KINGSTON, ONT. -- Researchers at Queen's University have identified a new mechanism that could potentially explain why the body's immune system sometimes fails to eliminate cancer. The new findings shed light on the possible cause of immune resistance in cancer cells, and indicate that nitroglycerin, a relatively safe and low-cost drug used for more than a century to treat angina, may be effective for managing certain cancers.
"This discovery may lead to new approaches for the treatment of patients with certain forms of cancer," said Charles Graham, a professor in the Department of Biomedical and Molecular Sciences who lead the Queen's research team with Robert Siemens of the Department of Urology and Kingston General Hospital.
The researchers looked at the role that hypoxia, or low oxygen content in tissues, plays in the ability of some cancer cells to escape detection, and subsequent destruction, by the body's immune system.
They discovered that hypoxia in a cancer cell is linked to the overproduction of a key enzyme, ADAM10, which makes the cell resistant to attack by immune cells. However, when cells were treated with a nitric oxide mimicking agent such as nitroglycerin, hypoxic conditions were overcome and the cancer cells lost their resistance to an immune system attack. The results indicate that nitroglycerin could potentially be used to boost the body's natural immune response to cancer.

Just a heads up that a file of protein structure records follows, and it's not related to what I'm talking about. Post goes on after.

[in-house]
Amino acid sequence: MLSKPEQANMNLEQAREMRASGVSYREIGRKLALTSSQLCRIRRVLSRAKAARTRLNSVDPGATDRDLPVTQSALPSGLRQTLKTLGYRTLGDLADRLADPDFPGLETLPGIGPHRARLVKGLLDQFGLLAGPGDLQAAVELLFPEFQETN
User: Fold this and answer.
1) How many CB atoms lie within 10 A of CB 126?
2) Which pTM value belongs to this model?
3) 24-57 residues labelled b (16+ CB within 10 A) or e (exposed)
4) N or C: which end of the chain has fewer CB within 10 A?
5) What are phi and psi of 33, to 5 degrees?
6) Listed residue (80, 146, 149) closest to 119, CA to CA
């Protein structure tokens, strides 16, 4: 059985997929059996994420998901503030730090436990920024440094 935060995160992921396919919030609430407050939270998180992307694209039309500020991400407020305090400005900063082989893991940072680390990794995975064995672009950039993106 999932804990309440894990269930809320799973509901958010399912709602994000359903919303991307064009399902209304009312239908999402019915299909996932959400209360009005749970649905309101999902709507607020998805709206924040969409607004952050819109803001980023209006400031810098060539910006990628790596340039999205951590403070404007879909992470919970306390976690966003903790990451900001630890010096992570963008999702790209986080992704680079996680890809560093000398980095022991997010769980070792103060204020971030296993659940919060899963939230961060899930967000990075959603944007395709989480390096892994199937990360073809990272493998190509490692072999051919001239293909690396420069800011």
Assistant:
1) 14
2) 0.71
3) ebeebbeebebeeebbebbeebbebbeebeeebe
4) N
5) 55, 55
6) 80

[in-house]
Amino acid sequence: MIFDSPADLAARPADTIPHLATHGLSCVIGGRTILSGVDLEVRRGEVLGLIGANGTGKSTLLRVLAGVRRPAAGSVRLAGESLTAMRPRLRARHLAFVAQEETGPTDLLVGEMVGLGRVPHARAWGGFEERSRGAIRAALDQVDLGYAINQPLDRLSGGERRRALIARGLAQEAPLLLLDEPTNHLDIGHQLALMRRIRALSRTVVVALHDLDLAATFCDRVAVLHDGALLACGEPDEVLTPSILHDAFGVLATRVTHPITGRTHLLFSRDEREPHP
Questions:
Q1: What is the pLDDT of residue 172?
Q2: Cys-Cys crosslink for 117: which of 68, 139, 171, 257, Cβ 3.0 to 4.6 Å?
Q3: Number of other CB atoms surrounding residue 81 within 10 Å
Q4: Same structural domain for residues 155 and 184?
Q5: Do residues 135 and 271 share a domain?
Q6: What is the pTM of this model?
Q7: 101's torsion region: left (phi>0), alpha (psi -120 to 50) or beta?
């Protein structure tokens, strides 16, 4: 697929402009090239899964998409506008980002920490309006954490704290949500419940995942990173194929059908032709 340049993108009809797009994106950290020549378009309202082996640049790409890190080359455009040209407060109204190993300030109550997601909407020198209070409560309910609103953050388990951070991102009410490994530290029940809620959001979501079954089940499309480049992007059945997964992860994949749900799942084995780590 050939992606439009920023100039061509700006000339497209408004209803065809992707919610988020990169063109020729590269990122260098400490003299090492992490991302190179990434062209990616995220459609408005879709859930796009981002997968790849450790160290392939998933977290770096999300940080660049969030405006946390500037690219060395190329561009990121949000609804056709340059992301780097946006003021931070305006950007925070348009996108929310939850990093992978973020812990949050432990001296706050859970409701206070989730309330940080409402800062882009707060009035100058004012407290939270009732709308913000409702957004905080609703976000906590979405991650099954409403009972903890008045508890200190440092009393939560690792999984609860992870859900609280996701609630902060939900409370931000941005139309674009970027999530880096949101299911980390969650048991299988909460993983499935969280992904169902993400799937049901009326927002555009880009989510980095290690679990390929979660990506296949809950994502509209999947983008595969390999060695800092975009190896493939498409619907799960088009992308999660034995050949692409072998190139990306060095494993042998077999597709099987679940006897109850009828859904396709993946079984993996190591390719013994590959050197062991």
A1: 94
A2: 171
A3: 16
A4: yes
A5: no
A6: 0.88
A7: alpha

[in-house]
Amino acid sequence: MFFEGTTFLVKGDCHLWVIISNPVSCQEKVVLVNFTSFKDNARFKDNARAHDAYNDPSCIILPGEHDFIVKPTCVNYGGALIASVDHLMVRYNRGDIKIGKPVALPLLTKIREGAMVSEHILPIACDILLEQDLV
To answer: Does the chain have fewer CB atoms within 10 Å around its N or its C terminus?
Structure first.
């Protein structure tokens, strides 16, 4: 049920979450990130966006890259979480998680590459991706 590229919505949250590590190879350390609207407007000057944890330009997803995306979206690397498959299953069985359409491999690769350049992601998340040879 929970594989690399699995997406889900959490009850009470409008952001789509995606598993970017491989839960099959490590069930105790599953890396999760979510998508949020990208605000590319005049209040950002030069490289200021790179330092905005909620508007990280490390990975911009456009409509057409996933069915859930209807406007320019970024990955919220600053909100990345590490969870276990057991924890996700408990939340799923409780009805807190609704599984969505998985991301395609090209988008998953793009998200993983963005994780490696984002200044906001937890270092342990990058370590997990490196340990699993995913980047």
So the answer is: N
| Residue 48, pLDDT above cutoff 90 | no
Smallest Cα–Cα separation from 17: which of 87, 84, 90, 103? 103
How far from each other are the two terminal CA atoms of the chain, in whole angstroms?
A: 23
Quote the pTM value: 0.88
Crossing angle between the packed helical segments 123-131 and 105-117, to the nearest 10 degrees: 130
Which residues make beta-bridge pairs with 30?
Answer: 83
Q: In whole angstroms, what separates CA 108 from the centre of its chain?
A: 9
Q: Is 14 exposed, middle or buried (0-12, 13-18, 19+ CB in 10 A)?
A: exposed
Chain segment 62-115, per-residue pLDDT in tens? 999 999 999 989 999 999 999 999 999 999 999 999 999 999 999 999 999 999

The research leading to these findings is funded by the Canadian Institutes of Health Research (CHIR) in partnership with the Terry Fox Foundation Training Program in Transdisciplinary Cancer Research.
The discovery builds on the Queen's team's 2009 findings related to the role of nitric oxide in suppressing tumour growth in prostate cancer. The researchers conducted the first-ever clinical trial using low doses of nitroglycerin to treat prostate cancer.
More than 10 patents have been issued to Queen's research discoveries involving the the use of nitroglycerin and similar compounds in cancer treatments. PARTEQ Innovations, the technology transfer office of Queen's, has licensed some of this intellectual property to Nometics Inc., a Queen's spinoff company, which is developing products and therapies based on this and related research.
|Contact: Michael Onesi|